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I think BPO are saying that the patents SLA hold do not cover the production of CGNC (Bioeffective A). I think they are trying to say that the recipe for CGNC is public domain and therefore not exclusive to SLA.


I guess if they argue this they can 1) put forward that they can make/procure their own without needing to pay SLA anything, and 2) that if they do undertake studies in its use and commercialise it as an agricultural product is not worth the risk without exclusivity. And its hard to control exclusivity of a natural product which is not covered by a patent.


I might go and read the extration patient and see which part of the process is covered in the patent. I doubt though that you would ever be able to cover something like ethanol extraction, it would be like patenting treading on grapes.

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The way I read it the issue is probably whether or not alternative means of manufacturing CNGC are around that are can be used to reproduce SLAs products. If there are and SLA knew about it at the time of deal they could be in some trouble. BUT, BPO would have to show that Vagif and or Kilroy had this knowledge. That might be hard.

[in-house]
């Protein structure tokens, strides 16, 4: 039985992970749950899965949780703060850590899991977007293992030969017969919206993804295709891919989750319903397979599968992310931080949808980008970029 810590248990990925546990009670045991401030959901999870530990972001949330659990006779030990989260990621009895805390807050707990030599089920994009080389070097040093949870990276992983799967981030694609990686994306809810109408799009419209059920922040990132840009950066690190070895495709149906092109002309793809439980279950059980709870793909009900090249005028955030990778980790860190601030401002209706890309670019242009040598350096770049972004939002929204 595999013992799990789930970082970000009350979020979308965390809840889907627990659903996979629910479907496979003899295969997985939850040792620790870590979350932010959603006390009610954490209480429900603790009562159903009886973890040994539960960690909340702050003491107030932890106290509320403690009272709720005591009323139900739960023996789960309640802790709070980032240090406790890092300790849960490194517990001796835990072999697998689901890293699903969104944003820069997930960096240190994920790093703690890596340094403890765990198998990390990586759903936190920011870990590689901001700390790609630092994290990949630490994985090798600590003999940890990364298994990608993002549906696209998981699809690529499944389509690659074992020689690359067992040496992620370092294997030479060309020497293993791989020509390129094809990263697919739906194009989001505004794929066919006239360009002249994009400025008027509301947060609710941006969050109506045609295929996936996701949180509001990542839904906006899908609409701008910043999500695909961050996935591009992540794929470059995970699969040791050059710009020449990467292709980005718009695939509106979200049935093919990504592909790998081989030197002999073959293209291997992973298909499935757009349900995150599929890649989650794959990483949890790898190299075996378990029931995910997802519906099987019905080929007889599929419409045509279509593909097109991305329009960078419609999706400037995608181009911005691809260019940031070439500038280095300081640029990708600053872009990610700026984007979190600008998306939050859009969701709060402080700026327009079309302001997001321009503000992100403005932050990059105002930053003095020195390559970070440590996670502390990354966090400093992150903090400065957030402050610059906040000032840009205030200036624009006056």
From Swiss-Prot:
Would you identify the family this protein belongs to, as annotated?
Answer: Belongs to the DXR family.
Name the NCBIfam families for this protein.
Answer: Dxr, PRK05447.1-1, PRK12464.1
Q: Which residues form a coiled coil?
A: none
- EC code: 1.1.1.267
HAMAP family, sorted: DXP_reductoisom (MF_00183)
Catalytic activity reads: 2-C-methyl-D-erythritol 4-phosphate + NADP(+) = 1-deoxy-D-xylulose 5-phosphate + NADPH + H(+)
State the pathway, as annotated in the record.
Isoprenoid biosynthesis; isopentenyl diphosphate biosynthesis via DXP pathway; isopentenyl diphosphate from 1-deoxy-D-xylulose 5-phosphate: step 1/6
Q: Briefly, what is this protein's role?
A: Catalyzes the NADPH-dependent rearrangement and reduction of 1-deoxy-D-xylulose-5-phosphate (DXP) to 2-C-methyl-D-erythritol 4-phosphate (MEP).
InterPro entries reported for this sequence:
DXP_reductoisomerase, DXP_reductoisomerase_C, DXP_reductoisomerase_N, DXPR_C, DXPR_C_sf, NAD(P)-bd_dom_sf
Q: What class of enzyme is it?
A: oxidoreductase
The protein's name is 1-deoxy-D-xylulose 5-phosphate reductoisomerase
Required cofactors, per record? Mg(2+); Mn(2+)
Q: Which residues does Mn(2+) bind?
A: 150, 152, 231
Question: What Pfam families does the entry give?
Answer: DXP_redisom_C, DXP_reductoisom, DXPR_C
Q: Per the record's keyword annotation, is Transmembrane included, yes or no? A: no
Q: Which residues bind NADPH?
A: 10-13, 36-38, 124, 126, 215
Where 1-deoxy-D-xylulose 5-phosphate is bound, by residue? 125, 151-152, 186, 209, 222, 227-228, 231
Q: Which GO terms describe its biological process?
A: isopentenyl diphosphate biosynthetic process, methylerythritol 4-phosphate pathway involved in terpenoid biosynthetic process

The issue for us is that if there are other means of producing SLAs products, we might find ourselves with a whole lot of competition if any of SLAs products start to sell really well.


Any experienced chemists out there?



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Don't confuse CC-CP with CGNC


"The raw material known as Coniferous Chlorophyll Carotene Paste (CC-CP) in Russia, has

been adopted in Australia as Conifer Green Needle Complex (CGNC). CGNC has been added

to the Therapeutic Goods Administration (TGA) list of substances that may be used in

ingestible and topical listed medicines, and is required to be tested against significantly

tighter quality control specifications than CC-CP; thereby ensuring a more highly

standardised material."


See Bespalov's paper


CGNC is Solagran's version of CC-CP via the St Petersburg Forest Academy

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Thanks Jezz - that is probably what they are trying to argue.


52 Misleading or deceptive conduct


(1) A corporation shall not, in trade or commerce, engage in conduct


that is misleading or deceptive or is likely to mislead or deceive.


(2) Nothing in the succeeding provisions of this Division shall be